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At the Feet of The Mother

Sri Aurobindo in Bengal, Part 21

Under the caption, The Past and the Future, Sri Aurobindo wrote in the Karmayogin of 25th September, 1909:

“The debasement of our mind, character and tastes by a grossly commercial, materialistic and insufficient European education is a fact on which young Nationalism has always insisted. The practical destruction of our artistic perception and the plastic skill and fineness of eyes and hand which once gave our productions pre-eminence, distinction and mastery of the European markets, is also a thing accomplished. Most vital of all, the spiritual and intellectual divorce from the past which the present schools and universities has effected, has beggared the nation of the originality, high aspiration and forceful energy which can alone make a nation free and great. To reverse the process and recover what we have lost, is undoubtedly the first object to which we ought to devote ourselves. And as the loss of originality, aspiration and energy was the most vital of all these losses, so their recovery should be our first and most important objective. The primary aim of the prophets of Nationalism was to rid the nation of the idea that because temporary causes had brought us low and made us weak, low therefore must be our aims and weak our methods. They pointed the mind of the people to a great and splendid destiny, not in some distant millennium but in the comparatively near future, and fired the hearts of the young men with a burning desire to realise the apocalyptic vision…. To raise the mind, character and tastes of the people, to recover the ancient nobility of temper, the strong Aryan character and the high Aryan outlook, the perceptions which made earthly life beautiful and wonderful, and the magnificent spiritual experiences, realisations and aspirations which made us the deepest-hearted, deepest-thoughted and most delicately profound in life of all the peoples of the earth, is the task next in importance and urgency.

“…We have to recover the Aryan spirit and ideal and keep it intact but enshrined in new forms and more expansive institutions. We have to treasure jealously everything in our social structure, manners, institutions, which is of permanent value, essential to our spirit or helpful to the future; but we must not cabin the expanding and aggressive spirit of India in temporary forms which are the creation of the last few hundred years. That would be a vain and disastrous endeavour. The mould is broken; we must remould in larger outlines and with a richer content…. Our half-aristocratic, half-theocratic feudalism had to be broken in order that the democratic spirit of the Vedanta might be released and by absorbing all that is needed of the aristocratic and theocratic culture, create for the Indian race a new and powerful political and social organisation. We have to learn and use the democratic principle and methods of Europe in order that hereafter we may build up something more suited to our past and to the future of humanity. We have to throw away the individualism and materialism and keep the democracy. We have to solve for the human race the problem of harmonising and spiritualising its imlpulses towards liberty, equality and fraternity…. Aesthetic arts and crafts cannot live against the onrush of cheap and vulgar manufactures under the conditions of the modern social structure. Industry can only become again beautiful if poverty and the struggle for life are eliminated from society and the co-operative State and commune organised as the fruit of a great moral and spiritual uplifting of humanity. We hold such an uplifting and reorganisation as part of India’s mission…. The men who would lead India must be catholic and many-sided. When the Avatar comes, we like to believe that he will be not only the religious guide, but the political leader, the great educationist, the regenerator of society, the captain of co-operative industry, with the soul of the poet, scholar and artist. He will be in short the summary and grand type of the future Indian nation which is rising to reshape and lead the world.”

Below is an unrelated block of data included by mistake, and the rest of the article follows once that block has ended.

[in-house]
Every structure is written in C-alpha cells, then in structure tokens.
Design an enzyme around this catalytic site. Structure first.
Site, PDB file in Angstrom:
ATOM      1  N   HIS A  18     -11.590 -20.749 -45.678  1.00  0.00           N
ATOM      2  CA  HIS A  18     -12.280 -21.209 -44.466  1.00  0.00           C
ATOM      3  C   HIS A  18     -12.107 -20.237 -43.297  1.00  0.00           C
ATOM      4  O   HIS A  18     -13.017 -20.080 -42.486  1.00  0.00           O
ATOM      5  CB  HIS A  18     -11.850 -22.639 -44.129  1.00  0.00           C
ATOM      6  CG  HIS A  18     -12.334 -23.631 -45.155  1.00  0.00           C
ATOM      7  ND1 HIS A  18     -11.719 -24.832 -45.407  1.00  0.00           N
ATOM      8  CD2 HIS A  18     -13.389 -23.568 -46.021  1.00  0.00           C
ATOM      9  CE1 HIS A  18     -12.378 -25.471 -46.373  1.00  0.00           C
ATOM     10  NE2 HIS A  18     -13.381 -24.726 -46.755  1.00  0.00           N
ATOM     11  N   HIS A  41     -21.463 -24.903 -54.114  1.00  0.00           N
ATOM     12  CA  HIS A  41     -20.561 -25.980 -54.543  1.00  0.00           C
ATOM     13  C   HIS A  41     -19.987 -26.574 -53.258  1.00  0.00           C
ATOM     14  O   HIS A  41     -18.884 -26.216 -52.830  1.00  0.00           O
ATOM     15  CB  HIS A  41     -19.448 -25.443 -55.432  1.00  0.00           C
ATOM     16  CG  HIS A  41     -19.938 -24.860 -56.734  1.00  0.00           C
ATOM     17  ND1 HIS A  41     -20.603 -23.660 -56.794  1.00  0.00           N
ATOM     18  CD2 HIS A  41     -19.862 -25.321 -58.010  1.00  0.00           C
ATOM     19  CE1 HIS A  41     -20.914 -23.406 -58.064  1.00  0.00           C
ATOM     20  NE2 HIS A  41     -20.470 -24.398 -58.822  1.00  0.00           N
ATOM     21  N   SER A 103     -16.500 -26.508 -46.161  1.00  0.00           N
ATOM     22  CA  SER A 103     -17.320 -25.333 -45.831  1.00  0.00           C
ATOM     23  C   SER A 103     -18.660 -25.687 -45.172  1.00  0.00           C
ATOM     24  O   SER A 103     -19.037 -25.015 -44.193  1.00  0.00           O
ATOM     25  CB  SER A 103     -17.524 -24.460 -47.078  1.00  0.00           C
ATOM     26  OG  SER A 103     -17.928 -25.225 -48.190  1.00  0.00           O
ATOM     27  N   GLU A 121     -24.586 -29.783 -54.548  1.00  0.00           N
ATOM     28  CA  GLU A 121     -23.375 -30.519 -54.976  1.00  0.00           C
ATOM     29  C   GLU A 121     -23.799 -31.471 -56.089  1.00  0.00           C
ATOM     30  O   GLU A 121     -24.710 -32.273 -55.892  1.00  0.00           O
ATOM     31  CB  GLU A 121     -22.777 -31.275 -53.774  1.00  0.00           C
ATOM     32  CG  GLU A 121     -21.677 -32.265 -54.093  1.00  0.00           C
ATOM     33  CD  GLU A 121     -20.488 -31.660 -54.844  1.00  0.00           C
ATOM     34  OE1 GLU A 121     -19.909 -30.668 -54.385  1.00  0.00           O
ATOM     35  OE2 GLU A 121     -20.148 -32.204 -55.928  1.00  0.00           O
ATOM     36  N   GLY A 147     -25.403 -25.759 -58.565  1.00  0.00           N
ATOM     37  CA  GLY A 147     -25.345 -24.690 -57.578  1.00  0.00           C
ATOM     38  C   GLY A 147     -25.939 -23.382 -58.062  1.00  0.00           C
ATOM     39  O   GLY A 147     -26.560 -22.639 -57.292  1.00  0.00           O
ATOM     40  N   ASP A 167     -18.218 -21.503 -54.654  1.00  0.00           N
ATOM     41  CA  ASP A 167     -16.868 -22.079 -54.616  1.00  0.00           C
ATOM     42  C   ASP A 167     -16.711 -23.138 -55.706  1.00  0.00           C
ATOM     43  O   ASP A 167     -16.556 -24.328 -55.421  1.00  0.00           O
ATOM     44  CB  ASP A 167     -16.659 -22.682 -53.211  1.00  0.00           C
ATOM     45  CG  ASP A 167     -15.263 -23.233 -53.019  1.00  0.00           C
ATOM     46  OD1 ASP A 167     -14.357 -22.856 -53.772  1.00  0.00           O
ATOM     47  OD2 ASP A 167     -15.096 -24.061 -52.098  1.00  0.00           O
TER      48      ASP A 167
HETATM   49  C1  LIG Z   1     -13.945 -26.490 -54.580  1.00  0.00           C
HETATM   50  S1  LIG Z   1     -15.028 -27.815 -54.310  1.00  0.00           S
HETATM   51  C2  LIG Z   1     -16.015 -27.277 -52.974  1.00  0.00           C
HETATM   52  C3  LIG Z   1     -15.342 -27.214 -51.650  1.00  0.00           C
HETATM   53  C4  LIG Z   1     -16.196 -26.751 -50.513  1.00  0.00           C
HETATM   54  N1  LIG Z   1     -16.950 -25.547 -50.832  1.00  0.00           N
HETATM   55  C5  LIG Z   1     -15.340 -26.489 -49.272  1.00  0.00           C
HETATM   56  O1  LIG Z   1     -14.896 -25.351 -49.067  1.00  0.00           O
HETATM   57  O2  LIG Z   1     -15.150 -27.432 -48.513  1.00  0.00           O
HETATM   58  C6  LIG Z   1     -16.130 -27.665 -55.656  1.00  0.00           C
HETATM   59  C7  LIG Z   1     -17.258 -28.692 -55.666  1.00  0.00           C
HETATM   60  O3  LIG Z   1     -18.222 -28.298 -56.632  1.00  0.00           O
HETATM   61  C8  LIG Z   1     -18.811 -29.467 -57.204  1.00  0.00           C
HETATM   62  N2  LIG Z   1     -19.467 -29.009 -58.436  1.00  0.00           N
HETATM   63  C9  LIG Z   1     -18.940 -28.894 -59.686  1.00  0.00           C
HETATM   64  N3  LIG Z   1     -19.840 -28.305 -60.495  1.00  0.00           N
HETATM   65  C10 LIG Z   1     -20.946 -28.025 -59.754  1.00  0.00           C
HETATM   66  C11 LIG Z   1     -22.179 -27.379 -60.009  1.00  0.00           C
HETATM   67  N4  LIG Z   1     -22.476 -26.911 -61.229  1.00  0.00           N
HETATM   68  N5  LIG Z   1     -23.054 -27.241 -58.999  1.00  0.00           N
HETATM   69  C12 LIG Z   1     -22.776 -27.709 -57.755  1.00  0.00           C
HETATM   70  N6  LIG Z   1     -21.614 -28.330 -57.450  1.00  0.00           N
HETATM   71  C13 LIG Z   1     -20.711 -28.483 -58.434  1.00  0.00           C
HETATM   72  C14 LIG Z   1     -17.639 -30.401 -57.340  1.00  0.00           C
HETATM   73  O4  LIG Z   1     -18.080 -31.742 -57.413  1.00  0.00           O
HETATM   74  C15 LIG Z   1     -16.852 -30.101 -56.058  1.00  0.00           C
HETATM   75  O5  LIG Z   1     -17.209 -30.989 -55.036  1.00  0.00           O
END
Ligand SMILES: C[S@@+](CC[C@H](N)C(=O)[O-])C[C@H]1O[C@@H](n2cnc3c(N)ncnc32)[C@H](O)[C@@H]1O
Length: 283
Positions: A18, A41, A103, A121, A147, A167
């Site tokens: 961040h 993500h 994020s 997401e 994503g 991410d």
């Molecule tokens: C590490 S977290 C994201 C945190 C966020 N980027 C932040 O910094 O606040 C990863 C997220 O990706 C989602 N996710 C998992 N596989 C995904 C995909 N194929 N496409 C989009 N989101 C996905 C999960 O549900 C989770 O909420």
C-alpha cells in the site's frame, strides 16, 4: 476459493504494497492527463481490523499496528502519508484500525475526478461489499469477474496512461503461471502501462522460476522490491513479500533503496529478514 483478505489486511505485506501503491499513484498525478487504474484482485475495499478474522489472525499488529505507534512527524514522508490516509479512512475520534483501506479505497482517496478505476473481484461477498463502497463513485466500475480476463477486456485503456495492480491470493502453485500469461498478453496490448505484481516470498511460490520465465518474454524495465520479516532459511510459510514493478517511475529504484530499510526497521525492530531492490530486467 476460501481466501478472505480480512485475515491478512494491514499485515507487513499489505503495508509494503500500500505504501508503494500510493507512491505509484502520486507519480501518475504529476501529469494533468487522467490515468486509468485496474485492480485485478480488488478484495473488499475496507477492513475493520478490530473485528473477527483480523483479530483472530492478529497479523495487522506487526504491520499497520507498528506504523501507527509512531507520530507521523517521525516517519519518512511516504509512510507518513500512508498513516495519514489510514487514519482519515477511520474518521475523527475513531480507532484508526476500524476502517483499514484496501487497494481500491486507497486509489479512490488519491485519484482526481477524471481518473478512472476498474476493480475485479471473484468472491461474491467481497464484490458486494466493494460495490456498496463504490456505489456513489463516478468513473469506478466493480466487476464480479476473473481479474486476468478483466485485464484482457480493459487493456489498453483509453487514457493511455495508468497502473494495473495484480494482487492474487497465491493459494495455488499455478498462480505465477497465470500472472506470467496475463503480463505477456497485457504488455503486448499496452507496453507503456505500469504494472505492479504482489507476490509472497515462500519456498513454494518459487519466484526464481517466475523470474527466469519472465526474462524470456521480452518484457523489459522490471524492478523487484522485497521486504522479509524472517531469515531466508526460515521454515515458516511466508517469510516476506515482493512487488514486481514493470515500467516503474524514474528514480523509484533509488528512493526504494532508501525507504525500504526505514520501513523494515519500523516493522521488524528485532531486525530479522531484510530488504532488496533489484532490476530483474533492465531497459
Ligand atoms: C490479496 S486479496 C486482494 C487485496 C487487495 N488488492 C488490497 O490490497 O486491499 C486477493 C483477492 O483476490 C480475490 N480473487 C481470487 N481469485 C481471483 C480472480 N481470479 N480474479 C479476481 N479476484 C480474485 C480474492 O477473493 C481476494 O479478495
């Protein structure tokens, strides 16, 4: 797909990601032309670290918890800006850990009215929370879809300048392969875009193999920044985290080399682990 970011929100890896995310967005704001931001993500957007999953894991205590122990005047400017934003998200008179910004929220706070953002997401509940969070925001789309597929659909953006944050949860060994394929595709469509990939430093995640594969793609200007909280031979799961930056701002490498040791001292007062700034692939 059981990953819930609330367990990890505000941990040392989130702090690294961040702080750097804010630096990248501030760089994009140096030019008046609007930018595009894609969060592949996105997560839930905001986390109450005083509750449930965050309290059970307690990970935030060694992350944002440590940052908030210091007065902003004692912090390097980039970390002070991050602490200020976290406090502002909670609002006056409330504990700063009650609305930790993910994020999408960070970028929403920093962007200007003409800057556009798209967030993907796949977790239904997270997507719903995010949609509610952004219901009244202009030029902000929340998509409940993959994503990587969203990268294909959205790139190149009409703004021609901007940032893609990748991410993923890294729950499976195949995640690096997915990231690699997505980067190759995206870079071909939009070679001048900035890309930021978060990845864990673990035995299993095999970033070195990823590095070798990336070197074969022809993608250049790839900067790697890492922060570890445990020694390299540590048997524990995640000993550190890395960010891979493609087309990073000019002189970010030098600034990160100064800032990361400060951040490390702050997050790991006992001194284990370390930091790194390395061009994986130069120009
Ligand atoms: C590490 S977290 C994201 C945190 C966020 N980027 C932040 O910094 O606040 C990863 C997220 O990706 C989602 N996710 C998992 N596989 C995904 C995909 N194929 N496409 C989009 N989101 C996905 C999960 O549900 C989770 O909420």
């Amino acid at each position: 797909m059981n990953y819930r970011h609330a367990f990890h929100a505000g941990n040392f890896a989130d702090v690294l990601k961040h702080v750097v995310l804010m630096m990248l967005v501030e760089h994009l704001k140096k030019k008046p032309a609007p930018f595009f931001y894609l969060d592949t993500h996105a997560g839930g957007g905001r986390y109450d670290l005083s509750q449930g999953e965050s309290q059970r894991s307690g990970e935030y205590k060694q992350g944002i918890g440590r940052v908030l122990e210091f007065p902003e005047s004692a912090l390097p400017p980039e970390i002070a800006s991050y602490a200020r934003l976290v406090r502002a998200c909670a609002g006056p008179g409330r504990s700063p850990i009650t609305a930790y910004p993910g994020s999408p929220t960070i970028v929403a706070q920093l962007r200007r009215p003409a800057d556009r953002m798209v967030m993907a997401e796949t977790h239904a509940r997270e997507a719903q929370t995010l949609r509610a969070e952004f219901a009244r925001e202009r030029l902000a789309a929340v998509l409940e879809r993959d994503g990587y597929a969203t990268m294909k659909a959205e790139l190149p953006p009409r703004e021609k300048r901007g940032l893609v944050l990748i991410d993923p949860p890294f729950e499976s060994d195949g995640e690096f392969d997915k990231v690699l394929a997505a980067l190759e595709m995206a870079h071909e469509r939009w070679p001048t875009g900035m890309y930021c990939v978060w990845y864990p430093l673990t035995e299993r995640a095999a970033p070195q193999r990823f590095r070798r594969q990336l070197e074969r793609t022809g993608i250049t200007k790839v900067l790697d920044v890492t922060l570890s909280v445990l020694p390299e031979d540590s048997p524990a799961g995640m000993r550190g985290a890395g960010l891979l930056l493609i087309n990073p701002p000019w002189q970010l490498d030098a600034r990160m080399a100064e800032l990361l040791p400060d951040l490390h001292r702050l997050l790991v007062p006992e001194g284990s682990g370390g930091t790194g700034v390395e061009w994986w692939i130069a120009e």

India has won political independence, but she has yet to regain her soul. She has yet to realise that she has a great destiny, a marvellous future, more glorious than her past, and an unprecedented mission to accomplish for the world. Only dimly has she descried this mission, and in her ignorance she has given it an ethical and moral pigmentation. She has not yet recovered the spiritual treasures of her ageless past and learned to draw her sap from it for the creation of her future. Many of her children do not even believe that she has a soul and a world-mission. They do not even care to know whether they have their roots in the past.

Sri Aurobindo speaks of these ever-green roots. He exhorts us to steep ourselves in the aroma of the past and march forward to the greater glories of the future. As he says elsewhere, “We do not belong to the dawns of the past, but to the noons of the future.” A blind attachment to the past spells sterility and stagnation. But a stark disowning of it spells spiritual and cultural death. A rootless, denationalised India can create no great future for herself. An infatuated aping of the West can only lead her to the abyss on the brink of which the West itself is tottering today. India has to create her future and forge her culture, her literature, her arts and sciences, her educational system, her politics, and her commerce and industry in the fire of her specific spiritual genius. Her dynamic, realistic spirituality will renovate the world.

Sri Aurobindo serialised his “Brain of India” in the Karmayogin of October 9, 1909. His poem, “Invitation”, was published in the same paper on the 6th November, and another poem “Who” on the 13th. Another sequence on “The National Value of Art” was started on the 20th November. His poem, “Image”, was also published on the same date. His drama, “The Birth of Sin” was begun on the 11th December and a poem, “Epiphany”, was published on the 18th December. Sri Aurobindo’s yoga, politics, poetry, drama, philosophical essays and dissertations on art, all went together. Or, it was rather out of his yoga that flowed a ceaseless stream of energy expressing itself in these forms of activity. His yoga was, indeed, a multi-expressive integration of dynamic spiritual potentials. We quote below a few lines from each of his three poems, “Invitation”, “Who”, and “Epiphany”, for they reveal something of his creative yoga.